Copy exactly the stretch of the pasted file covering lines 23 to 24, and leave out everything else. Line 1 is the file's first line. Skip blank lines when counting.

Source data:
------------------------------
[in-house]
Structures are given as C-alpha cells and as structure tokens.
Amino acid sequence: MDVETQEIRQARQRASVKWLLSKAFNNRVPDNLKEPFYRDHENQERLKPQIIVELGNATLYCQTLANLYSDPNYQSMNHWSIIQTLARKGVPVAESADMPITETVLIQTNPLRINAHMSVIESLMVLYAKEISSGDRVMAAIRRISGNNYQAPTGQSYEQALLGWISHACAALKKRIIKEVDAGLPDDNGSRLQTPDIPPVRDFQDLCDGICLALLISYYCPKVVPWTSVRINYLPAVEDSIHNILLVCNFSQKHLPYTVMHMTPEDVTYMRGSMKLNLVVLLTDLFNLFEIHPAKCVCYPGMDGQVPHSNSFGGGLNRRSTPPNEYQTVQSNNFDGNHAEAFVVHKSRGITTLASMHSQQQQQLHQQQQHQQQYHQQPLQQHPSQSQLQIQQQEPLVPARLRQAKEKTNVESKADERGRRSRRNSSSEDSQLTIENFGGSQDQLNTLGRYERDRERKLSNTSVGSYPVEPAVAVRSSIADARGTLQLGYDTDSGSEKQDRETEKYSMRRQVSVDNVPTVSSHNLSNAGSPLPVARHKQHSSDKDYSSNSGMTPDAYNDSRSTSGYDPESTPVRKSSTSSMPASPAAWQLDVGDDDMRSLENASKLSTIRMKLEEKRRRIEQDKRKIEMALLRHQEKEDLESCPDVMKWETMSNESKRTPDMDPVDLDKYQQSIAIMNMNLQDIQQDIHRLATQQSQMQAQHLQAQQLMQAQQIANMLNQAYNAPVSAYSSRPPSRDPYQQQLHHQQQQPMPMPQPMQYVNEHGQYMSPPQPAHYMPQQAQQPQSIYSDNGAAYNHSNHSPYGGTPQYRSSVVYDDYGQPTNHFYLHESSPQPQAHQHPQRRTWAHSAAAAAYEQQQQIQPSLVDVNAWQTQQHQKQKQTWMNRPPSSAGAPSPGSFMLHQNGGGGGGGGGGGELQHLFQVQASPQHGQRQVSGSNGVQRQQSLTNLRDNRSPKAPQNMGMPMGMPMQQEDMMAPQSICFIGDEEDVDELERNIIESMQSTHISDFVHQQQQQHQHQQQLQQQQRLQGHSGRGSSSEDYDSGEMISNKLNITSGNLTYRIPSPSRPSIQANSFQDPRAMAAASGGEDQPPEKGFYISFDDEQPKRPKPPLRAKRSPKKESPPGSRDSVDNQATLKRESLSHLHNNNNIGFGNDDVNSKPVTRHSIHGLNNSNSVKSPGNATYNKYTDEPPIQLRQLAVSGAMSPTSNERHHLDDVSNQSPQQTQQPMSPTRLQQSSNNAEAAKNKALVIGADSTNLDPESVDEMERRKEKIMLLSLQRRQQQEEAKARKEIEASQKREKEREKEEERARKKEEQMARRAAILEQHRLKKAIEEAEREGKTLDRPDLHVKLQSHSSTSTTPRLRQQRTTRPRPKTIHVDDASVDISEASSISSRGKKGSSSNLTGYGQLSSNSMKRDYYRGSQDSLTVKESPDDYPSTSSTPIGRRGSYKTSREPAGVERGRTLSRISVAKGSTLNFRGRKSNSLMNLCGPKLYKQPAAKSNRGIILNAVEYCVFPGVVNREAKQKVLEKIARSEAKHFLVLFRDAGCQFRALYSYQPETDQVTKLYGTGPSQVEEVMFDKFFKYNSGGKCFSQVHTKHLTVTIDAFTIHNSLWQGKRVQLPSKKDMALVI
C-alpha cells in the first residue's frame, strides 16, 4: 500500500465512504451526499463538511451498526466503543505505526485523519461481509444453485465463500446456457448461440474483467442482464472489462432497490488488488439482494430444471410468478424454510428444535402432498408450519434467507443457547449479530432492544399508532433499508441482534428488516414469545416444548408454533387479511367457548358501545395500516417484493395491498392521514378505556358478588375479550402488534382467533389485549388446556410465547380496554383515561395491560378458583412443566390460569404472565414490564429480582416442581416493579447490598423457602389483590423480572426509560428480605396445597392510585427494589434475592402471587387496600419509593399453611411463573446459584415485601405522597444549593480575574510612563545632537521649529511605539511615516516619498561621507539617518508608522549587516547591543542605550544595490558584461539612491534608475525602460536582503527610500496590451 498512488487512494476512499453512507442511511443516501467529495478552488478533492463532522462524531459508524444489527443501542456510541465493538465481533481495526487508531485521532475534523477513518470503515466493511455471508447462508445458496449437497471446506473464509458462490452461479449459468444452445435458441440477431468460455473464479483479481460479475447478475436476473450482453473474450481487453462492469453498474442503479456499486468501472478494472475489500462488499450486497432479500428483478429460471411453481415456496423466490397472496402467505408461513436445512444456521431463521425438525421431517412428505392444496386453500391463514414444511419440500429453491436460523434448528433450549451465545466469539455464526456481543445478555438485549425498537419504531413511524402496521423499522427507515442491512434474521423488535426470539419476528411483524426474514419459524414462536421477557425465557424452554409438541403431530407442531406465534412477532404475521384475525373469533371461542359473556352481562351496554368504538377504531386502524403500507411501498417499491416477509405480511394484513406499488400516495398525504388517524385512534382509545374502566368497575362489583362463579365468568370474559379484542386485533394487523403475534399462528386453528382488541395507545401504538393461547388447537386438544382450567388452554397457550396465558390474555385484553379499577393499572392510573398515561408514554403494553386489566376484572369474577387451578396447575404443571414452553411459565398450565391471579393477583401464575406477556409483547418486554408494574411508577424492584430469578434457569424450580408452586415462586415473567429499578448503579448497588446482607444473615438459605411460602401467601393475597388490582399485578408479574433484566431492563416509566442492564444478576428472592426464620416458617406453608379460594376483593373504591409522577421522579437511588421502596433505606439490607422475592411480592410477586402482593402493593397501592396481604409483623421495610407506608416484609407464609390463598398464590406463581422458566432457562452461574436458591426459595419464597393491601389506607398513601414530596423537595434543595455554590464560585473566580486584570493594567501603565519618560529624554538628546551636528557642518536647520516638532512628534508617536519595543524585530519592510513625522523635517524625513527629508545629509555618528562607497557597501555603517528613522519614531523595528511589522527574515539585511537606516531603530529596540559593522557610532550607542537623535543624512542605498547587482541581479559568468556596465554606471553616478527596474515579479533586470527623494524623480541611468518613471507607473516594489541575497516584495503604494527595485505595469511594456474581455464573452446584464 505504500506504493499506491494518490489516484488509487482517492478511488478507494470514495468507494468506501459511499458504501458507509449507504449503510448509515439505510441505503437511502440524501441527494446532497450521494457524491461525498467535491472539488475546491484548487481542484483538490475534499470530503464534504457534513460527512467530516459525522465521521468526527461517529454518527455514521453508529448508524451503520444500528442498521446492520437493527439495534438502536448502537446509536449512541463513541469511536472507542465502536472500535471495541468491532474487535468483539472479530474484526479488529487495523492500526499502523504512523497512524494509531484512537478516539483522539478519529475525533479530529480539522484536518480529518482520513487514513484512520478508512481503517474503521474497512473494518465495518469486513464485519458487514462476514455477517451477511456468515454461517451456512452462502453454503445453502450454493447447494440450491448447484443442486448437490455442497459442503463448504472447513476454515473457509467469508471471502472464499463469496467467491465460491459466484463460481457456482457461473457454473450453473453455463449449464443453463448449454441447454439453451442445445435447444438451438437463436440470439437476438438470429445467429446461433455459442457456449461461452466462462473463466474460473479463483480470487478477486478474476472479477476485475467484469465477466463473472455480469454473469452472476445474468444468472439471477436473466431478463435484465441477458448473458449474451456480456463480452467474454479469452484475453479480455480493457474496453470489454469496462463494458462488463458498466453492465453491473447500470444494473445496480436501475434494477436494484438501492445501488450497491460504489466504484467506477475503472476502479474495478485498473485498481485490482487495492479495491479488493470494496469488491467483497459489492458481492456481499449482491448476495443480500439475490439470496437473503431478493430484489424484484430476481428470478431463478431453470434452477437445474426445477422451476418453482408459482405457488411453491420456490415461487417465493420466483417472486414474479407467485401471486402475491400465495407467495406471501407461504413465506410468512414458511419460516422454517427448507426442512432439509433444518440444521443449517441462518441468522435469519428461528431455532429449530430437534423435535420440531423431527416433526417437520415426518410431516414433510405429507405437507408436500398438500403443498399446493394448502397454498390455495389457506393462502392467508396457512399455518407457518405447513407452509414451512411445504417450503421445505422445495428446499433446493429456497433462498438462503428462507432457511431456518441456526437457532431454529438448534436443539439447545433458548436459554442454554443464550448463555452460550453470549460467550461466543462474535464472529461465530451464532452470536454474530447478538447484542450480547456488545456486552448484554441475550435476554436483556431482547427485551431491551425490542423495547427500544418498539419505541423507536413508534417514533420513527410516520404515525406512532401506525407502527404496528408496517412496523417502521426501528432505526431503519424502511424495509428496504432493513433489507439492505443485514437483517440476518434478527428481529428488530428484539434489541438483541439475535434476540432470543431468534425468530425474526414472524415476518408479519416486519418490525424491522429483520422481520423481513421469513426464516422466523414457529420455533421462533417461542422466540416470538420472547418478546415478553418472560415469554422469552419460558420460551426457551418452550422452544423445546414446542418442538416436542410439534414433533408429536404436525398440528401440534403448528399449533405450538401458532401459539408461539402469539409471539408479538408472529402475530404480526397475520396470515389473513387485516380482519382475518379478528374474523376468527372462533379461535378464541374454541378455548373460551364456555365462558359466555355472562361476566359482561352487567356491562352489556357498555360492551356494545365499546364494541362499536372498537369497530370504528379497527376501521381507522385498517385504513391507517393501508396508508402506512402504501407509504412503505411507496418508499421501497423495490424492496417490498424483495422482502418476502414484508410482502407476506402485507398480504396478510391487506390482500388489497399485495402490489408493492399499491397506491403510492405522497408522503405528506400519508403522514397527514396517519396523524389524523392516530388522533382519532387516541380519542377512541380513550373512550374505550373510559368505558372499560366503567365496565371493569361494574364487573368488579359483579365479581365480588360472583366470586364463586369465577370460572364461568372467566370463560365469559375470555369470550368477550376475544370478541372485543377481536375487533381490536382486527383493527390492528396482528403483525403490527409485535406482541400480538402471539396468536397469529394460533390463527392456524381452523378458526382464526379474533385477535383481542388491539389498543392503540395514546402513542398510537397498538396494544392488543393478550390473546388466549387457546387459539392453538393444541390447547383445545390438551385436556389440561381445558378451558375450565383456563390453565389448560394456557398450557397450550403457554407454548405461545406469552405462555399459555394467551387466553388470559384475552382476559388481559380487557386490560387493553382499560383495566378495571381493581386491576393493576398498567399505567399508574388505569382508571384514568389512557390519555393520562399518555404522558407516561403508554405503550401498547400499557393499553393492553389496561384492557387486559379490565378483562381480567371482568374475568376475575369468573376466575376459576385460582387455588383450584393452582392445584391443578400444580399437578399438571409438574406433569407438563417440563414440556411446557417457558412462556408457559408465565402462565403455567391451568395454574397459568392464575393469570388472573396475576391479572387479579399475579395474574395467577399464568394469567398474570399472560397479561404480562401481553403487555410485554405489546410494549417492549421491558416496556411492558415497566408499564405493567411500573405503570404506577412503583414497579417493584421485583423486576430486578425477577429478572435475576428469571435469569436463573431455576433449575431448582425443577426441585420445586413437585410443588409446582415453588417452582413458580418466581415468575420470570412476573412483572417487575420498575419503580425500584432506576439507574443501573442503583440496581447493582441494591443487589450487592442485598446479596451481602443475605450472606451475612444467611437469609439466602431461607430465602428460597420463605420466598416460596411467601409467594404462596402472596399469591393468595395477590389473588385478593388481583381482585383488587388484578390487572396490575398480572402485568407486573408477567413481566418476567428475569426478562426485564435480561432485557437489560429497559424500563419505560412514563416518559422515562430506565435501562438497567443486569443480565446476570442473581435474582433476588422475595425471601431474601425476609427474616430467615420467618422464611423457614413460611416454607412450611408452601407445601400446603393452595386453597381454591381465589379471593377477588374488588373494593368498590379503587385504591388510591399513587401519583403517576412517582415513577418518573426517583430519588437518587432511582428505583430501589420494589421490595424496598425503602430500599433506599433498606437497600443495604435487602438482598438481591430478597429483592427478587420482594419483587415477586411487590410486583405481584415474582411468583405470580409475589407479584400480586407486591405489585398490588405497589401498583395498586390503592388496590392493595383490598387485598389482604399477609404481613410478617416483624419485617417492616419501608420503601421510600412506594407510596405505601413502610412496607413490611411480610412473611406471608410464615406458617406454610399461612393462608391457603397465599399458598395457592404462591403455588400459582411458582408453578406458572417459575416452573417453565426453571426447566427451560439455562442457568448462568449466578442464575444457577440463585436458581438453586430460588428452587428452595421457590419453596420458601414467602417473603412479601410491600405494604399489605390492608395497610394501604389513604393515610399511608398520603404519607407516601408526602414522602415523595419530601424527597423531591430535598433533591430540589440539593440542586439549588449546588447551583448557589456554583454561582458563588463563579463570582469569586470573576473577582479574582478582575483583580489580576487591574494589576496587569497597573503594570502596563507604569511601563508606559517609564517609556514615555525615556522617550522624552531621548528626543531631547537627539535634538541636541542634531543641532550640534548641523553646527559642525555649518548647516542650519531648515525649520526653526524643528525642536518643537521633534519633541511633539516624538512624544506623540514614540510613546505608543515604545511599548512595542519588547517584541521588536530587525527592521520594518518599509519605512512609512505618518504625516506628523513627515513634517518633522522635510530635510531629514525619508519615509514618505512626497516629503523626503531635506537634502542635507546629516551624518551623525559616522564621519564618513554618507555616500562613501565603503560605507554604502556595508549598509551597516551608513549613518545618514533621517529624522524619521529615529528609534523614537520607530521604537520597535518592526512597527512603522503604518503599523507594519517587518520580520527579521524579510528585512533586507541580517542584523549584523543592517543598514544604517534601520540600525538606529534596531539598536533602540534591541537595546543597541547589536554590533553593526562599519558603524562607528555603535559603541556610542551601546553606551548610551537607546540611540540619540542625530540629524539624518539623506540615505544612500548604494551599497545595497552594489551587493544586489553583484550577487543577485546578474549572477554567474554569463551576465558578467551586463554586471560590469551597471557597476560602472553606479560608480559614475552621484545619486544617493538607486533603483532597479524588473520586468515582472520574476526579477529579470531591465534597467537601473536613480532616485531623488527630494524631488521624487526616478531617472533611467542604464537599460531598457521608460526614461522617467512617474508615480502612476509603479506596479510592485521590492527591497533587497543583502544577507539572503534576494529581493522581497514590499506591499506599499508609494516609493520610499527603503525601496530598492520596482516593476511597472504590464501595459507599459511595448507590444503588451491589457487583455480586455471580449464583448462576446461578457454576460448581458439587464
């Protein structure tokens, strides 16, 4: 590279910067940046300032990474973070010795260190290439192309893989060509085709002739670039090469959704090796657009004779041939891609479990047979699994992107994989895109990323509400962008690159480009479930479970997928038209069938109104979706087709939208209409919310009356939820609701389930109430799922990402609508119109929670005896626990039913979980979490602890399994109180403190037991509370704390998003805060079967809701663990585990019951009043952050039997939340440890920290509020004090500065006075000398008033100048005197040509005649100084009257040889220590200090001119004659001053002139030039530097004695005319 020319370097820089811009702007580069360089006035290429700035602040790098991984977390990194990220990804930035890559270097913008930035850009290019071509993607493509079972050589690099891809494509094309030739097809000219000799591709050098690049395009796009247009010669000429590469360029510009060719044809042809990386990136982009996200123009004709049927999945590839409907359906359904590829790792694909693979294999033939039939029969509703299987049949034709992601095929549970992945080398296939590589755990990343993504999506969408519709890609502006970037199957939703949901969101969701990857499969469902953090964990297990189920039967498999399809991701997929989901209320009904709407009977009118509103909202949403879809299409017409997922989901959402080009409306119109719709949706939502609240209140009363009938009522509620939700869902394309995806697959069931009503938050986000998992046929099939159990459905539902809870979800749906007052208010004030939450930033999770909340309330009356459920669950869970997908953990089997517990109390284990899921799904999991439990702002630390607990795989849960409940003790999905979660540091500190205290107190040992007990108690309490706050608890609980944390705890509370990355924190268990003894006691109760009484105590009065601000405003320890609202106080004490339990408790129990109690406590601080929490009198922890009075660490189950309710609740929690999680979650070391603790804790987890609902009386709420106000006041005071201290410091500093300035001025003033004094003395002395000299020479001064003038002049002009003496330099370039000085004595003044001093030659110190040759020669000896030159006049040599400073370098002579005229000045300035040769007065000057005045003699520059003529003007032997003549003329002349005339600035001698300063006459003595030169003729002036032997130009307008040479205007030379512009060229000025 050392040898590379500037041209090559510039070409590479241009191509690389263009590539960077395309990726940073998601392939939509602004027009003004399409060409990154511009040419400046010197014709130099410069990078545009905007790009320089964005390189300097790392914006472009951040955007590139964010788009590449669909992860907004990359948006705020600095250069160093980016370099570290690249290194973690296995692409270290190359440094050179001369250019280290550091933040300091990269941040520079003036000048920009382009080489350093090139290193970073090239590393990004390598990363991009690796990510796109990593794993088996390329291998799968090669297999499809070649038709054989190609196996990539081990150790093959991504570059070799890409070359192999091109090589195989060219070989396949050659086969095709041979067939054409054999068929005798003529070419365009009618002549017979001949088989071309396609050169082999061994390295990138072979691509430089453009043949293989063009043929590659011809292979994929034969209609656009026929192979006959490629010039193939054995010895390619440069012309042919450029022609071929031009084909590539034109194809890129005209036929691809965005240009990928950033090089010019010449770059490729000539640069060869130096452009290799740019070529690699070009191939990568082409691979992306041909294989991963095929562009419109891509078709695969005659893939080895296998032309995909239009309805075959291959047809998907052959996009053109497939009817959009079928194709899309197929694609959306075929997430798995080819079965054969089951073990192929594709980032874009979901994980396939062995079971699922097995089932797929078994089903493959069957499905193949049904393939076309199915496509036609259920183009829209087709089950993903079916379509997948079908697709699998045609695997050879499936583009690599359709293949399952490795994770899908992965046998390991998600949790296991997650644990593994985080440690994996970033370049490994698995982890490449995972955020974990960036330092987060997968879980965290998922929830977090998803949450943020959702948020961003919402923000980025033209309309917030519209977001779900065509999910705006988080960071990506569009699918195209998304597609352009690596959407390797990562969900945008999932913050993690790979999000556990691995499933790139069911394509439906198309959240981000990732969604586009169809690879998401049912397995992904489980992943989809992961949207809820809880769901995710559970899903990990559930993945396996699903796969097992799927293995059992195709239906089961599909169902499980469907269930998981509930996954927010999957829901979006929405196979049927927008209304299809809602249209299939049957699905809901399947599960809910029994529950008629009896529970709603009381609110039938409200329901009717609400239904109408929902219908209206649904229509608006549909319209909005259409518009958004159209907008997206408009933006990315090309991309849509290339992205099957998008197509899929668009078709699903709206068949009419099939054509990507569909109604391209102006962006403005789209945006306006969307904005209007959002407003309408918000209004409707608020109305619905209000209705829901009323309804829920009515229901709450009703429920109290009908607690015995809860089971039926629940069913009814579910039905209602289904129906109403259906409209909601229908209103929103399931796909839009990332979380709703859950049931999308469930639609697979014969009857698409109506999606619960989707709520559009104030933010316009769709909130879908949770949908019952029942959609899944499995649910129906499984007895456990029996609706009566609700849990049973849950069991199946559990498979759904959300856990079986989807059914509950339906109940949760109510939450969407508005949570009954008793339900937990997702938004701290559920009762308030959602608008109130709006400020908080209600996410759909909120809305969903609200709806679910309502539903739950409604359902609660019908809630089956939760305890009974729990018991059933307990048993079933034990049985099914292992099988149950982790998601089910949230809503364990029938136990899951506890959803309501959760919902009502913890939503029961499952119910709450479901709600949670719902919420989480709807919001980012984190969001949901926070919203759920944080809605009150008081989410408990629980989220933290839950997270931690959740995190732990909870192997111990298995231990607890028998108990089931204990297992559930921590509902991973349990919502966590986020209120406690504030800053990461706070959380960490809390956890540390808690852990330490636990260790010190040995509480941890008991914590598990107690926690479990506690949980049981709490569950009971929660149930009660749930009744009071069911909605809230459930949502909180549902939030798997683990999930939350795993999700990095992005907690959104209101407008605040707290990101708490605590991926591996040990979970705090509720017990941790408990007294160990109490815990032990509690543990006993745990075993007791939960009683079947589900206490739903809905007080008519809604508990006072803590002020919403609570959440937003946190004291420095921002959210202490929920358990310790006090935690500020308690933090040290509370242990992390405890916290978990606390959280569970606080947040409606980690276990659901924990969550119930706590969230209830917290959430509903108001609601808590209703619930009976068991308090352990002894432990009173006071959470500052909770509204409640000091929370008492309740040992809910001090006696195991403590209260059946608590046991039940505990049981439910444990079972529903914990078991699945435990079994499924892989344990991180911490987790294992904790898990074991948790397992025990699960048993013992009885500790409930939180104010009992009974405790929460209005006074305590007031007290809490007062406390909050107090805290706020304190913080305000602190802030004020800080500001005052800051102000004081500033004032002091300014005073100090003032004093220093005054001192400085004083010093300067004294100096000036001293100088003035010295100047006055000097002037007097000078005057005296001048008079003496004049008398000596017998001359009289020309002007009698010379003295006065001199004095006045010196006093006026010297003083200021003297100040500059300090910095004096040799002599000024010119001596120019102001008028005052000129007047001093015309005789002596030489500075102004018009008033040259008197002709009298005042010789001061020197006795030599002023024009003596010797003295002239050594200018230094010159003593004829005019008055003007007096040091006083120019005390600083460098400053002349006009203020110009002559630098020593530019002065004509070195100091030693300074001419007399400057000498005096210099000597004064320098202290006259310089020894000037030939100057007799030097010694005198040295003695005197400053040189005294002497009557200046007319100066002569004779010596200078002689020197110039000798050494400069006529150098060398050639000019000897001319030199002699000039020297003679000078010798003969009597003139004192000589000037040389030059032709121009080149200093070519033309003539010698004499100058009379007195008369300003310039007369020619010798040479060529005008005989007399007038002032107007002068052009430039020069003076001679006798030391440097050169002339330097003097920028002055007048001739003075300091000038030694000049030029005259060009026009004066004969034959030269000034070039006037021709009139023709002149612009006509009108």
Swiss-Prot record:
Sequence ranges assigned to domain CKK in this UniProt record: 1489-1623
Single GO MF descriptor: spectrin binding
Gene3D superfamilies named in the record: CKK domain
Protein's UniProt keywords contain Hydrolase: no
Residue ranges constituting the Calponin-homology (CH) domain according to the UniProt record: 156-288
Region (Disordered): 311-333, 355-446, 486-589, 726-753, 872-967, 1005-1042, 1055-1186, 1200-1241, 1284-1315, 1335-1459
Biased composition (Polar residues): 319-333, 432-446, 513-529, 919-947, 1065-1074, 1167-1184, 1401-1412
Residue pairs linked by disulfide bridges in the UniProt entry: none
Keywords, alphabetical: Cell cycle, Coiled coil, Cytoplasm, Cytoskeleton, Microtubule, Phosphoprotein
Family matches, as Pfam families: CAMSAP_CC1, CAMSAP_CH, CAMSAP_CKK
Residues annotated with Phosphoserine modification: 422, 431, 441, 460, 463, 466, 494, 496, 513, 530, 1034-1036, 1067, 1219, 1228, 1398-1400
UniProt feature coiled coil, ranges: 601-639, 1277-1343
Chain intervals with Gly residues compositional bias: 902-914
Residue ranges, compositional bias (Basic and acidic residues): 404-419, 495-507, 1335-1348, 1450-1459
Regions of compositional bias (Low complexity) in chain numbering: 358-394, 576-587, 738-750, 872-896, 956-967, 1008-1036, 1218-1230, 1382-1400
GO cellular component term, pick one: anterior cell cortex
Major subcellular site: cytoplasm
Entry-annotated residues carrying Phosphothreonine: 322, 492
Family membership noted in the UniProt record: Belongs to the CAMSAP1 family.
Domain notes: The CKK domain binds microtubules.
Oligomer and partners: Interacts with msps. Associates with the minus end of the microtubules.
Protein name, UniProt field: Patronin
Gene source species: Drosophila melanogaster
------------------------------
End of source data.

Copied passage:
Major subcellular site: cytoplasm
Entry-annotated residues carrying Phosphothreonine: 322, 492